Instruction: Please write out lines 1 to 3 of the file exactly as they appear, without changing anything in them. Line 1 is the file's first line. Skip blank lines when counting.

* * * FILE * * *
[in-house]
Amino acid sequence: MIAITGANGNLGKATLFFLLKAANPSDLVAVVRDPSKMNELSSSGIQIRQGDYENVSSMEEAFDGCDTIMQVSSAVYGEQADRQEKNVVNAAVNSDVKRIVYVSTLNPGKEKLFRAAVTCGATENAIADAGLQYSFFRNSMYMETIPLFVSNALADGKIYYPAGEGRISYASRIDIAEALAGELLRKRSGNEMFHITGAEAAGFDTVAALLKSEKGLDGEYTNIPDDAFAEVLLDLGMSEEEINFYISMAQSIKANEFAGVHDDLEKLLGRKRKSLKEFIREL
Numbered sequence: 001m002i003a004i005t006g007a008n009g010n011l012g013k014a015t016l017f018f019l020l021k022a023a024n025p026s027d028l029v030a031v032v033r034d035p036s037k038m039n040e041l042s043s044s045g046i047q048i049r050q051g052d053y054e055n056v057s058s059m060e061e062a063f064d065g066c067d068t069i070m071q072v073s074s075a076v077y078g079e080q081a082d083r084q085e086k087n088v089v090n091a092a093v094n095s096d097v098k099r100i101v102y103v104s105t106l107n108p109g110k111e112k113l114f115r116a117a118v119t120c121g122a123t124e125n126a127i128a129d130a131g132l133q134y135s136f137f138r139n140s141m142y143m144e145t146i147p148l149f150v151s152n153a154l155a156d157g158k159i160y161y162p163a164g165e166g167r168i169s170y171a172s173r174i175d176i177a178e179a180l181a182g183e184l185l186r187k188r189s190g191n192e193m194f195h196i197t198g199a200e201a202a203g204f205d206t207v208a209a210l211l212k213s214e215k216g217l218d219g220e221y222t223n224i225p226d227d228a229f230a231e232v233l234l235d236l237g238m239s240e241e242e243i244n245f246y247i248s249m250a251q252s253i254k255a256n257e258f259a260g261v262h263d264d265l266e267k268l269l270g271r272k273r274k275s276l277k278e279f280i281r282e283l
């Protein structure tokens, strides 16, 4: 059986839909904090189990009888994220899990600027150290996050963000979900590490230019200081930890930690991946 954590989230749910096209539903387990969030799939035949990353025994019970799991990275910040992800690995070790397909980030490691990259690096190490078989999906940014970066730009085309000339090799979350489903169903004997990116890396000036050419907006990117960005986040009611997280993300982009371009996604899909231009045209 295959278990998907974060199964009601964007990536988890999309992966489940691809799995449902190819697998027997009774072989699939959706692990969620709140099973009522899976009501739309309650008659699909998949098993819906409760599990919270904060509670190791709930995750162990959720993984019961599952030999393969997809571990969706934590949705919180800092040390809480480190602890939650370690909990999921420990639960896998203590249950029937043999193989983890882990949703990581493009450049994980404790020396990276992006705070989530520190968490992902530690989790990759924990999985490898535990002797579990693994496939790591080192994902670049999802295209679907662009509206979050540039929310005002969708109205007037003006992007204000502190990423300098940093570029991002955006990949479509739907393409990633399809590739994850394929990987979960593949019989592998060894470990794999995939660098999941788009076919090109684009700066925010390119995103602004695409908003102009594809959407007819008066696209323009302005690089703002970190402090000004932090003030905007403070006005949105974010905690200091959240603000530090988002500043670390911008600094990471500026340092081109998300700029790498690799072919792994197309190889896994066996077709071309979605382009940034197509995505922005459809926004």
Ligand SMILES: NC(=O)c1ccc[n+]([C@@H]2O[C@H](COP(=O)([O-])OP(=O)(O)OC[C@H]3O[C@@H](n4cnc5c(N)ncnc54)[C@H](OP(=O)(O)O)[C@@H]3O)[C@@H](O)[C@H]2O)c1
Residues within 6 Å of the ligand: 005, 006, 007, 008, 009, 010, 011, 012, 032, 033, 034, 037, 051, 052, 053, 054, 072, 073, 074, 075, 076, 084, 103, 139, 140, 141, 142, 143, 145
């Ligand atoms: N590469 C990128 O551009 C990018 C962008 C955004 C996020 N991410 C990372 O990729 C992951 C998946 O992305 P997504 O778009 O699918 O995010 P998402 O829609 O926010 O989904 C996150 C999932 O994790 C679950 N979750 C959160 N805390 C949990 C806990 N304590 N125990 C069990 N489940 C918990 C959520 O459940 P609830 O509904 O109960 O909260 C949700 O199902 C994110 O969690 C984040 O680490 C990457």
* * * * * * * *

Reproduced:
[in-house]
Amino acid sequence: MIAITGANGNLGKATLFFLLKAANPSDLVAVVRDPSKMNELSSSGIQIRQGDYENVSSMEEAFDGCDTIMQVSSAVYGEQADRQEKNVVNAAVNSDVKRIVYVSTLNPGKEKLFRAAVTCGATENAIADAGLQYSFFRNSMYMETIPLFVSNALADGKIYYPAGEGRISYASRIDIAEALAGELLRKRSGNEMFHITGAEAAGFDTVAALLKSEKGLDGEYTNIPDDAFAEVLLDLGMSEEEINFYISMAQSIKANEFAGVHDDLEKLLGRKRKSLKEFIREL
Numbered sequence: 001m002i003a004i005t006g007a008n009g010n011l012g013k014a015t016l017f018f019l020l021k022a023a024n025p026s027d028l029v030a031v032v033r034d035p036s037k038m039n040e041l042s043s044s045g046i047q048i049r050q051g052d053y054e055n056v057s058s059m060e061e062a063f064d065g066c067d068t069i070m071q072v073s074s075a076v077y078g079e080q081a082d083r084q085e086k087n088v089v090n091a092a093v094n095s096d097v098k099r100i101v102y103v104s105t106l107n108p109g110k111e112k113l114f115r116a117a118v119t120c121g122a123t124e125n126a127i128a129d130a131g132l133q134y135s136f137f138r139n140s141m142y143m144e145t146i147p148l149f150v151s152n153a154l155a156d157g158k159i160y161y162p163a164g165e166g167r168i169s170y171a172s173r174i175d176i177a178e179a180l181a182g183e184l185l186r187k188r189s190g191n192e193m194f195h196i197t198g199a200e201a202a203g204f205d206t207v208a209a210l211l212k213s214e215k216g217l218d219g220e221y222t223n224i225p226d227d228a229f230a231e232v233l234l235d236l237g238m239s240e241e242e243i244n245f246y247i248s249m250a251q252s253i254k255a256n257e258f259a260g261v262h263d264d265l266e267k268l269l270g271r272k273r274k275s276l277k278e279f280i281r282e283l